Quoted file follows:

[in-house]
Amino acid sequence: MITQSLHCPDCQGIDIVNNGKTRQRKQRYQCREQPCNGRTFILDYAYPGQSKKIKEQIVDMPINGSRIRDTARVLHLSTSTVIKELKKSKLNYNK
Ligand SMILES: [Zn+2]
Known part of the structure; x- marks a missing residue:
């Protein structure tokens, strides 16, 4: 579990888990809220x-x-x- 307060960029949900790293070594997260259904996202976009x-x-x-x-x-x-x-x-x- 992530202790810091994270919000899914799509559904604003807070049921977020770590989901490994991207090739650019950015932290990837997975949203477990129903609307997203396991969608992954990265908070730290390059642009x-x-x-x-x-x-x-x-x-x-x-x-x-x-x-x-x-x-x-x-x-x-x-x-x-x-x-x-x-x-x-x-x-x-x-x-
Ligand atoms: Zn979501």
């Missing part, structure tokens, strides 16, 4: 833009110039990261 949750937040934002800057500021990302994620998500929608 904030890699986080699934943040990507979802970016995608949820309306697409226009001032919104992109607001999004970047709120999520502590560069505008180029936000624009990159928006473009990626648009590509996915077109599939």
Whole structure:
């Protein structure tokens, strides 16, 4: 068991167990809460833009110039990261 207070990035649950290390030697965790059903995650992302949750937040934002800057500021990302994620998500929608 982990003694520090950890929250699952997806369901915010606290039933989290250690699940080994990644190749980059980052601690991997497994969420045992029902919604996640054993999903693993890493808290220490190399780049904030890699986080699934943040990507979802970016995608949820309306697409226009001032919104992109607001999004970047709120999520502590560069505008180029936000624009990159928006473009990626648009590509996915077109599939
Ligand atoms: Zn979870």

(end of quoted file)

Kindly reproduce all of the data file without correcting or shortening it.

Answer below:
[in-house]
Amino acid sequence: MITQSLHCPDCQGIDIVNNGKTRQRKQRYQCREQPCNGRTFILDYAYPGQSKKIKEQIVDMPINGSRIRDTARVLHLSTSTVIKELKKSKLNYNK
Ligand SMILES: [Zn+2]
Known part of the structure; x- marks a missing residue:
């Protein structure tokens, strides 16, 4: 579990888990809220x-x-x- 307060960029949900790293070594997260259904996202976009x-x-x-x-x-x-x-x-x- 992530202790810091994270919000899914799509559904604003807070049921977020770590989901490994991207090739650019950015932290990837997975949203477990129903609307997203396991969608992954990265908070730290390059642009x-x-x-x-x-x-x-x-x-x-x-x-x-x-x-x-x-x-x-x-x-x-x-x-x-x-x-x-x-x-x-x-x-x-x-x-
Ligand atoms: Zn979501």
């Missing part, structure tokens, strides 16, 4: 833009110039990261 949750937040934002800057500021990302994620998500929608 904030890699986080699934943040990507979802970016995608949820309306697409226009001032919104992109607001999004970047709120999520502590560069505008180029936000624009990159928006473009990626648009590509996915077109599939």
Whole structure:
């Protein structure tokens, strides 16, 4: 068991167990809460833009110039990261 207070990035649950290390030697965790059903995650992302949750937040934002800057500021990302994620998500929608 982990003694520090950890929250699952997806369901915010606290039933989290250690699940080994990644190749980059980052601690991997497994969420045992029902919604996640054993999903693993890493808290220490190399780049904030890699986080699934943040990507979802970016995608949820309306697409226009001032919104992109607001999004970047709120999520502590560069505008180029936000624009990159928006473009990626648009590509996915077109599939
Ligand atoms: Zn979870």